So far this project is working out exactly as planned! BART pretends to have enough money but them uses all of its reserves to get the project going. And then they will simply say that they have to get the money since they have already spent so much and the construction has already started. And of course they will then try to suck away money from other much better projects such BRT in San Francisco and Oakland.

    But due to the economy and the Republicans taking over the House they of course will not get the federal money and the project will collapse after many millions of dollars are spent.

    Now that is clever!

  • Winston

    Can we kill this project and divert $100 million to extending eBART to Oakley. It isn’t the most pressing transit need in the Bay Area but it would produce significantly more ridership than the OAC AND extend BART’s empire. Actually, given that you’re building eBART, adding an extra 2 miles to the system to gain an extra 5000 daily riders makes the project much better deal.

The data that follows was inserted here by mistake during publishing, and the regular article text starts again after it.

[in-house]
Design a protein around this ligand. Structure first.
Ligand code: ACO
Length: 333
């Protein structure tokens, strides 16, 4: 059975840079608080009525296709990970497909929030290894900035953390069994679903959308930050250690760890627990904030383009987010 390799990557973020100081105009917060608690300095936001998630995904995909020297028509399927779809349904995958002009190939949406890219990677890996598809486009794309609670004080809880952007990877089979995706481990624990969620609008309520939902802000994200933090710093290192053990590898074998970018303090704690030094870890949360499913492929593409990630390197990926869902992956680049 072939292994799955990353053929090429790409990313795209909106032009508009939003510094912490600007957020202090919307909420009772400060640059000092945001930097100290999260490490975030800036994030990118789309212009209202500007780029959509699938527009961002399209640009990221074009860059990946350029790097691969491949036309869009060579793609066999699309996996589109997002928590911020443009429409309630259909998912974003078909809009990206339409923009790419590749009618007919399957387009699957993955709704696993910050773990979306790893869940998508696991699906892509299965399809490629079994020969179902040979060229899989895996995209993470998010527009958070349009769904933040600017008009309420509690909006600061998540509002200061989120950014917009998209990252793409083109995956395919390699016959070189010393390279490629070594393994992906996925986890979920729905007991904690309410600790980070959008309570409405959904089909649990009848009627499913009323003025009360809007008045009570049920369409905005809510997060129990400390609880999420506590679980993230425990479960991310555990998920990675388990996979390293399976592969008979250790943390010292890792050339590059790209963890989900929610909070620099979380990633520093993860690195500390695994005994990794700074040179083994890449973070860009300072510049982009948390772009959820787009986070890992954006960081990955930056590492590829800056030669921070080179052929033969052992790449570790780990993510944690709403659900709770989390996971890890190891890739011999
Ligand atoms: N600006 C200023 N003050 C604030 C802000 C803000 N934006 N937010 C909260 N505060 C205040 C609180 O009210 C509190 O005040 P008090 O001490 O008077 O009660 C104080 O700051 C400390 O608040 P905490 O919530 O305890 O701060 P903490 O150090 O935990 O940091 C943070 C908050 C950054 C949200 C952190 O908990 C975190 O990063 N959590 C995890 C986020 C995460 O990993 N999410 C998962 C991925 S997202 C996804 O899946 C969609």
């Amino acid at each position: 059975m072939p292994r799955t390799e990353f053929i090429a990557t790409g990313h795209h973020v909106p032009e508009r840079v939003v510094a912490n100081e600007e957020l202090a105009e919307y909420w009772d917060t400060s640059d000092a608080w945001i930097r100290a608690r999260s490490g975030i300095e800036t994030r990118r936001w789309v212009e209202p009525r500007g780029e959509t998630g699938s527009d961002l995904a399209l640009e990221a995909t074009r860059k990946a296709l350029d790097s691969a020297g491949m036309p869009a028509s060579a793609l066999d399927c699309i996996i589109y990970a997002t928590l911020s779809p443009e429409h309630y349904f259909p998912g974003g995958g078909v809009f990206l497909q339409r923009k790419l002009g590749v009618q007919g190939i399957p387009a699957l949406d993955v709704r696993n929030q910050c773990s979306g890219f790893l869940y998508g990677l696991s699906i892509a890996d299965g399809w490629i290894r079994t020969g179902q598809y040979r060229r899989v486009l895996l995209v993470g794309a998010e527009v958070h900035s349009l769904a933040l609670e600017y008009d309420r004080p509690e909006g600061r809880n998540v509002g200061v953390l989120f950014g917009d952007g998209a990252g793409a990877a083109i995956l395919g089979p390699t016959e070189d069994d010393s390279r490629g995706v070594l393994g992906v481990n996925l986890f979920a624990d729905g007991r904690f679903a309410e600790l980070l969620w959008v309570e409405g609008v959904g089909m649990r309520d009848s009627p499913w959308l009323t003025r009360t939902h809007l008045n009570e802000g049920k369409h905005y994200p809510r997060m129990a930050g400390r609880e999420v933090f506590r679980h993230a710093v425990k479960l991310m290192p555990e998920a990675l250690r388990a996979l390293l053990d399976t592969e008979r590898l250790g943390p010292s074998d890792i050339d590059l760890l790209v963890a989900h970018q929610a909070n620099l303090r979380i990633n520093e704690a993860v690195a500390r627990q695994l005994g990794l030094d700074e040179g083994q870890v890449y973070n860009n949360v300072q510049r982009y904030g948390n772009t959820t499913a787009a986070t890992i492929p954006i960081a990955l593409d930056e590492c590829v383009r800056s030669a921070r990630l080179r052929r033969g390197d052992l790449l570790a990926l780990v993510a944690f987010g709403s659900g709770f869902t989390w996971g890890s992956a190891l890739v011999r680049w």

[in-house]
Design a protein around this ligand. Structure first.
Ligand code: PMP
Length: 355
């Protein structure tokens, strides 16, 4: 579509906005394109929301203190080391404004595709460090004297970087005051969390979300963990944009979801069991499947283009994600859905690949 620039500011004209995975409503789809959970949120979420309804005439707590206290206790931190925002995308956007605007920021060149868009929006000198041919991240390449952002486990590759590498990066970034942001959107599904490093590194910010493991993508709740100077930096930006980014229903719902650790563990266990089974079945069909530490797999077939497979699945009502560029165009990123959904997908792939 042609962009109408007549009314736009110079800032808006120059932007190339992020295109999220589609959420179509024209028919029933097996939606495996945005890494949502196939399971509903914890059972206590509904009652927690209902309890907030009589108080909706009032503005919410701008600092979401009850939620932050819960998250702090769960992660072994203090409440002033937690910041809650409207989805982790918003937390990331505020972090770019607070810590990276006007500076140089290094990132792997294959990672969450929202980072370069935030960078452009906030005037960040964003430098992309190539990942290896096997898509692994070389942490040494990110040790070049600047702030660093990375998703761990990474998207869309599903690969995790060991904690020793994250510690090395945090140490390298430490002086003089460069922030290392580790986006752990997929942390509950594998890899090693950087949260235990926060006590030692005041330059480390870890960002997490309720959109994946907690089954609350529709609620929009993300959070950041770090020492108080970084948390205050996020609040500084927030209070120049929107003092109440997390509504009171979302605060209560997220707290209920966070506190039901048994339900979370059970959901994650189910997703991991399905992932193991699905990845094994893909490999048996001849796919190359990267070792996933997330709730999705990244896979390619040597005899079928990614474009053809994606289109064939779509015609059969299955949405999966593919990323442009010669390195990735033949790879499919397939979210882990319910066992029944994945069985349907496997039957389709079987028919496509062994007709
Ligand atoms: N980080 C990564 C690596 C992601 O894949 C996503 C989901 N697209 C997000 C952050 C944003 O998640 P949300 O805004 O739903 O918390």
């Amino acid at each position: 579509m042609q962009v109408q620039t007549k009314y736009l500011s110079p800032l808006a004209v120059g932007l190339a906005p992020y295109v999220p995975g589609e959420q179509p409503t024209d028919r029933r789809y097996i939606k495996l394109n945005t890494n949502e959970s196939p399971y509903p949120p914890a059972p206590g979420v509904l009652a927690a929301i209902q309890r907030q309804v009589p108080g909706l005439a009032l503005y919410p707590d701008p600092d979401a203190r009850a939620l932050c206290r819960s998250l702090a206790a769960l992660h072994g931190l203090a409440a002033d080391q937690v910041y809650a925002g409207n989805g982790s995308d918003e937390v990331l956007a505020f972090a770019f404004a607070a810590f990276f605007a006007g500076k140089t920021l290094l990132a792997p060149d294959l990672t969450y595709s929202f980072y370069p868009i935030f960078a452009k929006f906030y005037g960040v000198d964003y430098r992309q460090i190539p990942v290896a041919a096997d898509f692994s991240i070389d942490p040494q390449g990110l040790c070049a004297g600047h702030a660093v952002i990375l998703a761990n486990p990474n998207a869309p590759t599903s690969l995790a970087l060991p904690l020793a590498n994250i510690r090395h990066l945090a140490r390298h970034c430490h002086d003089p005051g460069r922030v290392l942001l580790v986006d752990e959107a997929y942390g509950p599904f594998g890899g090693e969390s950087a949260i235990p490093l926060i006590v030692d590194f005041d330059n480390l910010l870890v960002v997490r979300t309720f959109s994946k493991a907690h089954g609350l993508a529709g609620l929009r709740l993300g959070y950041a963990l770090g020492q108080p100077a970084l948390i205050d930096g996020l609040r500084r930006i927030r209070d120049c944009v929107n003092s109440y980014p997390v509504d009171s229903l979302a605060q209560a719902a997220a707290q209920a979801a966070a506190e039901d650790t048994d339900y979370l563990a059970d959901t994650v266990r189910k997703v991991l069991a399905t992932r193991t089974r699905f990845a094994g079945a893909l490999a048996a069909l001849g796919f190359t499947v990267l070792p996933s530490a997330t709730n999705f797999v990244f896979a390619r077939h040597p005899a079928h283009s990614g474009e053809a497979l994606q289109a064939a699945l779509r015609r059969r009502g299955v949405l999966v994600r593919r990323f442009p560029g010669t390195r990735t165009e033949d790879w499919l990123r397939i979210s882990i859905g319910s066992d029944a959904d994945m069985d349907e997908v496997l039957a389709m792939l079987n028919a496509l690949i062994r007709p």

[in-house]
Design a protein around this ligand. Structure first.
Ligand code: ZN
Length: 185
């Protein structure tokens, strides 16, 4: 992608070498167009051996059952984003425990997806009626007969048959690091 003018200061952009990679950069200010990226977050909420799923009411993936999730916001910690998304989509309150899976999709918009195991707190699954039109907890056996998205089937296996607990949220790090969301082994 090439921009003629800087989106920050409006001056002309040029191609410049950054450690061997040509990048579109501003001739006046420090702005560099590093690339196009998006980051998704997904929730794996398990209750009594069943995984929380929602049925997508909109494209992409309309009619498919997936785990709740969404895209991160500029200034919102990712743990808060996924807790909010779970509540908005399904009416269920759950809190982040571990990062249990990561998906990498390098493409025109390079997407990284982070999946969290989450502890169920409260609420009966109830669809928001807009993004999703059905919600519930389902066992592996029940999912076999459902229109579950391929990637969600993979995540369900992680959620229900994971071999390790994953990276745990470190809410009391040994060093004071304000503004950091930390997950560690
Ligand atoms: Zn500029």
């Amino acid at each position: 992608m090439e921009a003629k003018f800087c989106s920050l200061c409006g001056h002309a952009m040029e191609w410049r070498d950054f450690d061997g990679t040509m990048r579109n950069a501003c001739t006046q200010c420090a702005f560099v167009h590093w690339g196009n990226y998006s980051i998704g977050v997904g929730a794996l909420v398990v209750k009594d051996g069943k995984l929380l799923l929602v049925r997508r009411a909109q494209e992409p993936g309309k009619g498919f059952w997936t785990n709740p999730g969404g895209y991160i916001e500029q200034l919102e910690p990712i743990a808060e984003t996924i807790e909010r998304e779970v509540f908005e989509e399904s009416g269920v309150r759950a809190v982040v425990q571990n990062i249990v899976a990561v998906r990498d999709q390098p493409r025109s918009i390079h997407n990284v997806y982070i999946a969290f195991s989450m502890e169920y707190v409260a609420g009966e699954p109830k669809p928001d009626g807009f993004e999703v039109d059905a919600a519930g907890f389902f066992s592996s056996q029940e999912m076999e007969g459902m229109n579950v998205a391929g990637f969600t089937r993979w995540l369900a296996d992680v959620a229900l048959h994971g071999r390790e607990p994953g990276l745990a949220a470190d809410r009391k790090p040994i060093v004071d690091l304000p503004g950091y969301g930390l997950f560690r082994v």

• “Federal Transit Administrator (FTA) Peter Rogoff’s assurances that BART would get a $25 million New Starts grant when the feds accept its revised civil rights compliance.”

    How can BART be in Civil Rights compliance and still build the OAC monorail?

    Yes, that is a serious question.

  • Mad Park

    As an outsider (Seattleite) looking in, for the life of me I cannot understand why this propsal merits construction.

  • Winston

    The OAC project is especially mysterious as it replaces an existing, profitable bus service that handles just as many people, is cheaper to operate and is just as fast most days. All the Oakland Airport needs is better signage for the bus and a couple of queue jumping lanes to speed up the buses.